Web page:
Sephardic Jews in Australia – Process for Acquiring a Portuguese Passport
Jews who are originally from Spain in Australia have contributed much to the development of the local social, commercial, and economic life. When the first Sephardic (Sefardi) Jewish settlers arrived in Australia in the 19th century, they established businesses, banks, cultural centers, and artwork that still exist today. In addition, the community leaders were known as philanthropists and recognized by the authorities as personalities that influenced and aided the advancement of the large country.
This article discusses the rights of Australian Jews to receive a Portuguese passport. It is important to note that in Australia it is not just the Sephardic communities that are eligible for a Portuguese passport. This is because there are thousands of Ashkenazi Jews who are descendants of Sephardic Jews who settled the country even before the beginning of the 19th century. The Israeli law firm of Cohen, Decker, Pex & Brosh assists family members of Spanish expellee origin in the process of receiving a Portuguese passport.
Sephardic and Ashkenazi Jewish Immigration to Australia
Spanish Jewry in Australia arose at the beginning of the 19th century when British merchants of Spanish origin arrived in Australia in order to open trade businesses. The merchants came with their families and settled in the cities of Melbourne, Adelaide, Victoria, and Sydney, and they were considered affluent. Among the most prominent family names were Mendes Da Costa, Mendoza, Belisario, Montefiore, Mocata, and more. The Sephardic settlement was regarded by the local British as important and necessary for the economic development of the region.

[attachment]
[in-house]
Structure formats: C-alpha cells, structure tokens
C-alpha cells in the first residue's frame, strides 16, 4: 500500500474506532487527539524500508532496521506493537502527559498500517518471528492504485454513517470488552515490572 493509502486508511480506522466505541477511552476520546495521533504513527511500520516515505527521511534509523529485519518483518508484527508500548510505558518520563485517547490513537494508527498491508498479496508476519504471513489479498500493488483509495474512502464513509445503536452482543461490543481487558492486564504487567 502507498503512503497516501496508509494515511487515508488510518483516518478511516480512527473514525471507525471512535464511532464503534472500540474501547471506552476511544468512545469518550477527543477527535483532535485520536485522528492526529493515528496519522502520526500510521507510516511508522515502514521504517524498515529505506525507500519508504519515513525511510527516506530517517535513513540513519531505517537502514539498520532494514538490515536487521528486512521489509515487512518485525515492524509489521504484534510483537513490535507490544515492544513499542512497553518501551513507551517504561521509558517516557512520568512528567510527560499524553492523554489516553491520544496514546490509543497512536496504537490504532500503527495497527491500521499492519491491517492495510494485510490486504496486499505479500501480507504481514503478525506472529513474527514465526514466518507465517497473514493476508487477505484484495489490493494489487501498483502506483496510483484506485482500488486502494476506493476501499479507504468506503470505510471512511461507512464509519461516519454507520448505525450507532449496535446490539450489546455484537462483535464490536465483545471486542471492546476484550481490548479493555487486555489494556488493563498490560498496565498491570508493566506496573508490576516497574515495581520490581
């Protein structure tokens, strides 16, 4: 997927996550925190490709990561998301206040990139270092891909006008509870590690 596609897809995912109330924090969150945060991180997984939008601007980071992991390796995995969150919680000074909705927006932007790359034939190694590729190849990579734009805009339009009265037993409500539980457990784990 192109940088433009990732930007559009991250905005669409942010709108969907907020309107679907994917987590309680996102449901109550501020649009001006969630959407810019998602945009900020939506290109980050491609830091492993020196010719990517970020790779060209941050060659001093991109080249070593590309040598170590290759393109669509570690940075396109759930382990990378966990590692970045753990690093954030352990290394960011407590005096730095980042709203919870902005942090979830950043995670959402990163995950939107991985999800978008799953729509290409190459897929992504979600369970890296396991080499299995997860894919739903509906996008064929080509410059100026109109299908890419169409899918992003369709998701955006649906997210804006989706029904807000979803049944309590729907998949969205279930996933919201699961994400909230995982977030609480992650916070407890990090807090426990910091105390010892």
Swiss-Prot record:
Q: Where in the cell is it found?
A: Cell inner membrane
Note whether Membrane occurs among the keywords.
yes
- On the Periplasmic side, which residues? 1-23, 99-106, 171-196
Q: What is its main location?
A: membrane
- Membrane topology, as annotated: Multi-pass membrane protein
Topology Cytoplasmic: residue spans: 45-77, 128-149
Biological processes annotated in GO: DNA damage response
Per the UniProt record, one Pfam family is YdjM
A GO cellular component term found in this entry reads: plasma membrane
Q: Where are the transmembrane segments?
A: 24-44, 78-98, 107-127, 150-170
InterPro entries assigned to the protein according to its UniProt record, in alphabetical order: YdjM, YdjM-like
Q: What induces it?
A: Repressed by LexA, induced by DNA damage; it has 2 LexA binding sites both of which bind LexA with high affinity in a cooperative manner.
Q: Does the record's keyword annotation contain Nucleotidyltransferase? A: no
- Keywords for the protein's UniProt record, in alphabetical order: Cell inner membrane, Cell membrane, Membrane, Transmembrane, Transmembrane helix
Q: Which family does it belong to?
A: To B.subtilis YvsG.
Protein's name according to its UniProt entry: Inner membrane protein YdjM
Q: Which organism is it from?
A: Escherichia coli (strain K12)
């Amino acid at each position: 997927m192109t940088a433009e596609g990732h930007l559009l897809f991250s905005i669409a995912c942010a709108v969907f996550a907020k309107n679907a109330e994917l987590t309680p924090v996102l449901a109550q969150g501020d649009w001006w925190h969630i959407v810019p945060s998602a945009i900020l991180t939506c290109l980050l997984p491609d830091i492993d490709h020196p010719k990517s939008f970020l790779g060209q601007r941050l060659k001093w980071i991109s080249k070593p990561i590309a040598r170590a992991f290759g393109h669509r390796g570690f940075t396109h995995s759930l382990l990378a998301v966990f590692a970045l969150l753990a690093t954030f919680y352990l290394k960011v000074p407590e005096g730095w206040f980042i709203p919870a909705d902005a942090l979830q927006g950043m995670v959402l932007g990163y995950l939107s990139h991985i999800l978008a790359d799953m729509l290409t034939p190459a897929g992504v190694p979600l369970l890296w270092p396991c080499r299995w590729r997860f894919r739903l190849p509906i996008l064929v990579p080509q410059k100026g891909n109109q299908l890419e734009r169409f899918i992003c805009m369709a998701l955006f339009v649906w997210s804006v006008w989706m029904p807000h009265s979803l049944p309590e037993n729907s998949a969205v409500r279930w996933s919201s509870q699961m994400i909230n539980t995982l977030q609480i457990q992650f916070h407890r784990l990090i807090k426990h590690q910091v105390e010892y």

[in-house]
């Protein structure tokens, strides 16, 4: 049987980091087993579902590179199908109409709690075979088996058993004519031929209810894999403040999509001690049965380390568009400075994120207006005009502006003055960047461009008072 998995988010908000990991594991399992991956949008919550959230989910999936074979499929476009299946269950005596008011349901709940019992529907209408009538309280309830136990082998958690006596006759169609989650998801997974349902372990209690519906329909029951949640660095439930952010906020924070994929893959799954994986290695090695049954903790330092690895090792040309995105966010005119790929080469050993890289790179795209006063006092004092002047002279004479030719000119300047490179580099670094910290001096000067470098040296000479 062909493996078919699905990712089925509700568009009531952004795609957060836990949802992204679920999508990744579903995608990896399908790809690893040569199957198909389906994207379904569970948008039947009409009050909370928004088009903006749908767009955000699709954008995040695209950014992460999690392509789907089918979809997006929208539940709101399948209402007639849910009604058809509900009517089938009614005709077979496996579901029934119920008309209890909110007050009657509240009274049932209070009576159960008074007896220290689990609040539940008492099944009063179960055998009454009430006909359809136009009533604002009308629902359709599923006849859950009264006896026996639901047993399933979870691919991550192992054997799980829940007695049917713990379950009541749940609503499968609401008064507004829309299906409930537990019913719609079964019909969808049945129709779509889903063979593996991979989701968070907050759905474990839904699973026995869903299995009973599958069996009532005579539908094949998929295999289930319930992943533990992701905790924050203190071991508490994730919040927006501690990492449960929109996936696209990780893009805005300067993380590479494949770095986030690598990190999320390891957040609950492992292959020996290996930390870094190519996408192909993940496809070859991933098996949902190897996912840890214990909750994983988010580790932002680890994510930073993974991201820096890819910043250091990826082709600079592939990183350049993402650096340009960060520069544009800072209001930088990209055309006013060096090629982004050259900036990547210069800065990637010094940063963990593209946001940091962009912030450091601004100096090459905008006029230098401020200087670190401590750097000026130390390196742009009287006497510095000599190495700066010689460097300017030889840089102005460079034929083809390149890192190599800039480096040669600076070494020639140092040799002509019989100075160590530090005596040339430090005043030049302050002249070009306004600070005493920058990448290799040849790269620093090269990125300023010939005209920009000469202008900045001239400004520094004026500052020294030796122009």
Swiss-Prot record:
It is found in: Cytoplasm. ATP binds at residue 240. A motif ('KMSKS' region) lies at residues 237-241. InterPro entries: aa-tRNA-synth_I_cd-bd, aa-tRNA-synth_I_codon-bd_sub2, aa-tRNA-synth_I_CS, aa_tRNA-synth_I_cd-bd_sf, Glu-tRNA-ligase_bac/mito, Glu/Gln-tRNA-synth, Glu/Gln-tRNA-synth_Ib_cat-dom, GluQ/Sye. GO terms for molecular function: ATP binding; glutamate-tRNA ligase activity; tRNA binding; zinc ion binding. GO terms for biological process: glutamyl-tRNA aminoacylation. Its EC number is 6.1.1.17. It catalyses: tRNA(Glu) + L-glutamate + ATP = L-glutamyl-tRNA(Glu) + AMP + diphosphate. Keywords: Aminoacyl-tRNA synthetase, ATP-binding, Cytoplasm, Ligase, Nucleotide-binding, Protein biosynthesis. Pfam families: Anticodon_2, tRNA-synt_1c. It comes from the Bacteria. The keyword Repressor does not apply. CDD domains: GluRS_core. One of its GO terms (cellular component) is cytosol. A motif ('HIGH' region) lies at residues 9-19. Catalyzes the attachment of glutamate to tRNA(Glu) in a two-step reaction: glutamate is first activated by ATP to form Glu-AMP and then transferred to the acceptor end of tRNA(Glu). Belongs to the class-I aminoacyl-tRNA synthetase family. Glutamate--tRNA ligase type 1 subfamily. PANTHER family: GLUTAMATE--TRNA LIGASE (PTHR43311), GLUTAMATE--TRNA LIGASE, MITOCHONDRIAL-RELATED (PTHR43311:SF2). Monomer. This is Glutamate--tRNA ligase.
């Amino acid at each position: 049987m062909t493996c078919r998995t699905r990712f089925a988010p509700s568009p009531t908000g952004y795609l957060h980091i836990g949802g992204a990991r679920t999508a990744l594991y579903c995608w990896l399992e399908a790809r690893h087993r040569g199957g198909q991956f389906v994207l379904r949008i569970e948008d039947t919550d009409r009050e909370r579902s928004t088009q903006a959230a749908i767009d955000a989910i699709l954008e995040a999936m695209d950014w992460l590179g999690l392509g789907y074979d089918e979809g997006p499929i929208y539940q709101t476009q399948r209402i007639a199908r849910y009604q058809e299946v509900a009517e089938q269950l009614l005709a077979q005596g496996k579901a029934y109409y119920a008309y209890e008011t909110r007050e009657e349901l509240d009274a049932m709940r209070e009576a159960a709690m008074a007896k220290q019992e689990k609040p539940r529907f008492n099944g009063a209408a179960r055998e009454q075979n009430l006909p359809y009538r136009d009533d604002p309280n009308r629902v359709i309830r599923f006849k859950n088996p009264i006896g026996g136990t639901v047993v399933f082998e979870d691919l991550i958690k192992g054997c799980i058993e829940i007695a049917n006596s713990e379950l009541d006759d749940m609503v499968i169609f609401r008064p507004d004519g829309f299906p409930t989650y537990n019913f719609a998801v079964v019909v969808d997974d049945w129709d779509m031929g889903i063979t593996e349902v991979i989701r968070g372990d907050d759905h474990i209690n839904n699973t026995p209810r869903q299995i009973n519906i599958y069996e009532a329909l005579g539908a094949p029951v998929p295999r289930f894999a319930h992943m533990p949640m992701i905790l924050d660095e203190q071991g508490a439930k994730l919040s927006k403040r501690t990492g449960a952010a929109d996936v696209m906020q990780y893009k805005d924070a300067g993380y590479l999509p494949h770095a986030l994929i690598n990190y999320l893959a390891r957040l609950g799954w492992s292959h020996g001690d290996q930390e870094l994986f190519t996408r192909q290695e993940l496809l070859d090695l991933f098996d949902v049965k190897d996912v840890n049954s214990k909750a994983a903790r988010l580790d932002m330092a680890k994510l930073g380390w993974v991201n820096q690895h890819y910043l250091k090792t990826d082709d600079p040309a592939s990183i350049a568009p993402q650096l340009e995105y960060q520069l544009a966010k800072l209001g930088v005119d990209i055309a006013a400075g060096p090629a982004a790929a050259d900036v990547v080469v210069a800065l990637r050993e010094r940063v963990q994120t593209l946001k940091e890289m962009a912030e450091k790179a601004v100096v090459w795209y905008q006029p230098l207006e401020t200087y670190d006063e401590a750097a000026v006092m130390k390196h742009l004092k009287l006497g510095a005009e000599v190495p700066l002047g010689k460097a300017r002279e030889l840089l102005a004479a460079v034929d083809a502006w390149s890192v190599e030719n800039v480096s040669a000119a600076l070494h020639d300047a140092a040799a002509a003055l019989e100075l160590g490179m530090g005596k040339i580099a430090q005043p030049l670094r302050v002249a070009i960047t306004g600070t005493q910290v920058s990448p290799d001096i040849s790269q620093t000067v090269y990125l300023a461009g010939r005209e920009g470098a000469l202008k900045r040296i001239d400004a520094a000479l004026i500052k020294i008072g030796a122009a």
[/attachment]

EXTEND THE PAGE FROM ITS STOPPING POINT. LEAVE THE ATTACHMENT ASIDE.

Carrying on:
It is important to know that Australia only received its independence from Britain in 1901, so until then the country served as a colony for British prisoners. Consequently, masses of Jewish prisoners arrived in Australia in the 18th and 19th centuries. Within the groups of prisoners there were dozens of Sephardic Jews. It is said that after they were released from prison, some of the Sephardic Jews returned to their Judaism, since they found a home in the local Sephardic Jewish community.
Sephardic Jews in Australia
The Sephardic Jewish community was a constructive, enterprising, and philanthropic community. With their integration in Australia, they established intercontinental shipping companies, schools, and public hospitals in the city of Adelaide. Amongst them were members of Parliament in various parts of the country, such as Victoria, Southern Australia, and New South Wales. Joseph Montefiore was the first official president of the Australian Jewish community that was founded in Sydney 1832. It should be noted that the traditions of the Sephardic congregation at this time were Ashkenazi customs.